What the film gets right are the sexual assault segments which include Eastwood's own victimization as well as a fellow campus dweller whose assault is shown on screen recorded through a cell phone. Both scenes are well done in the fact that they are horrible and make you understand what these women go through, but in some sense I reckon they are not necessary. It does not take much to hate a rapist, and knowing what these men at the college committed requires little to no energy to watch their deaths with joy. I think if the film would have picked up during the aftermath of Noelle's assault, it would have been much more interesting to watch and unfold her story and struggle on the college campus. 

The plot is pretty straightforward as Noelle goes from one college student to the next avenging both herself and another victim whose case was dismissed due to them being football players. Whether she was drugging one, assaulting another in the showers with a hammer, or bashing another's head off the floor, it was always joyous to watch Eastwood murder the unforgivable scum with her cold, hard eyes.

Where the film suffered was scripting more than anything. I sometimes felt as if I was reading rhetoric straight from an online forum debate or political discussion than actually hearing a unique voice from Eastwood's character in Noelle. Rather than following guidelines, the film needed to find Noelle's character more and rely less on what's already been said.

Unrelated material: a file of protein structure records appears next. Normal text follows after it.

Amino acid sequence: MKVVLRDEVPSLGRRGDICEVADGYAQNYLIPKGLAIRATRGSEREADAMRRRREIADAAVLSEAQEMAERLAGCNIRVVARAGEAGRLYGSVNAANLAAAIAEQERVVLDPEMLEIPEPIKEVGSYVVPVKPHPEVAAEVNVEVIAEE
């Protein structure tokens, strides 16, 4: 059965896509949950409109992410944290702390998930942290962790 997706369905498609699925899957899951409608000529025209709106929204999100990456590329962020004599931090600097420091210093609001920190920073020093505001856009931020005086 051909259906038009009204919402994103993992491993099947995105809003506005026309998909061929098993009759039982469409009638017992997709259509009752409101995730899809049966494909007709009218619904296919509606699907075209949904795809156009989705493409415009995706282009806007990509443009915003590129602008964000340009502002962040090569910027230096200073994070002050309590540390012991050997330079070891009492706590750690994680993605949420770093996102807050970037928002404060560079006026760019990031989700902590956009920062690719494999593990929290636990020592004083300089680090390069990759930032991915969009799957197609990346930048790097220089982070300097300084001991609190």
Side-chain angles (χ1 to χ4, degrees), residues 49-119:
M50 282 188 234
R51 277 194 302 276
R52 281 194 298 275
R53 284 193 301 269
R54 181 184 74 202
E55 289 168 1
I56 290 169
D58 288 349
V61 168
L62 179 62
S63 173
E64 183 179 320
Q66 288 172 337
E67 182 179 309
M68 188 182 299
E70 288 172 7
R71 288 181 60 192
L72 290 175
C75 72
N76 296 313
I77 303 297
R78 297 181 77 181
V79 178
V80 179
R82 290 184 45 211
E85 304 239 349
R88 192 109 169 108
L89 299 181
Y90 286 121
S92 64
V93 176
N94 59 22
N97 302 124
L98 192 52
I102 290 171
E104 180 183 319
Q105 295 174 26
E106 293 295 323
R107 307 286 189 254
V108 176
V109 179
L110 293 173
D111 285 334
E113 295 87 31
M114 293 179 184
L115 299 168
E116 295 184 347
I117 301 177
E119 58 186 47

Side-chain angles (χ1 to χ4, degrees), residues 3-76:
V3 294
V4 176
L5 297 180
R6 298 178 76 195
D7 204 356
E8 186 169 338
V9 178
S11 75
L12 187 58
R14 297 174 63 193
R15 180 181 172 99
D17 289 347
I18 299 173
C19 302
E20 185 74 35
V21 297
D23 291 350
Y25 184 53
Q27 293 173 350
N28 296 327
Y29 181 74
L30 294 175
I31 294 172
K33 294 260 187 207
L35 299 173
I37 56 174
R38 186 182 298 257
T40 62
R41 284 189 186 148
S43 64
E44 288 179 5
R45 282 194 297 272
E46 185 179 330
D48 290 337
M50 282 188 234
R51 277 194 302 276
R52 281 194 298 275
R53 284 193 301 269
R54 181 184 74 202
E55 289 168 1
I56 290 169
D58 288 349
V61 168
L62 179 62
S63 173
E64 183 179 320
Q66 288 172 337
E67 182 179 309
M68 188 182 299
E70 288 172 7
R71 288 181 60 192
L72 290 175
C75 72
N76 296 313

I also felt as if a couple of plot lines were not seen through to full extent. A counselor on the campus is discovered to be involved in the cover-ups as an example, but Noelle never sees that element all the way through. I would have liked to see the woman in charge suffer for what she did, but for whatever reason her crimes against humanity just weren't disgusting enough to earn an appropriate death. That was rather annoying. A couple of other sub-plots befell the film, such as a detective following the murders, and Noelle avenging her friend by attempting but failing to kill her rapist. 

However, through all the grime and uncomfortable elements within the film, Eastwood shines brightly as the star. When not reading lines that seem out of a textbook, her raw emotion is addicting to watch on screen and her persona as Noelle strengthens with each committed murder, even if those scenes are a little tacky to watch every now and again. 

Give the film a shot, it's awkward at times but the message is unbeatable. 


Dec 13 2017

Steven Gullotta

info@brutalresonance.com
I've been writing for Brutal Resonance since November of 2012 and now serve as the editor-in-chief. I love the dark electronic underground and usually have too much to listen to at once but I love it. I am also an editor at Aggressive Deprivation, a digital/physical magazine since March of 2016. I support the scene as much as I can from my humble laptop.

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Started in spring 2009, Brutal Resonance quickly grew from a Swedish based netzine into an established International zine of the highest standard.

We cover genres like Synthpop, EBM, Industrial, Dark Ambient, Neofolk, Darkwave, Noise and all their sub- and similar genres.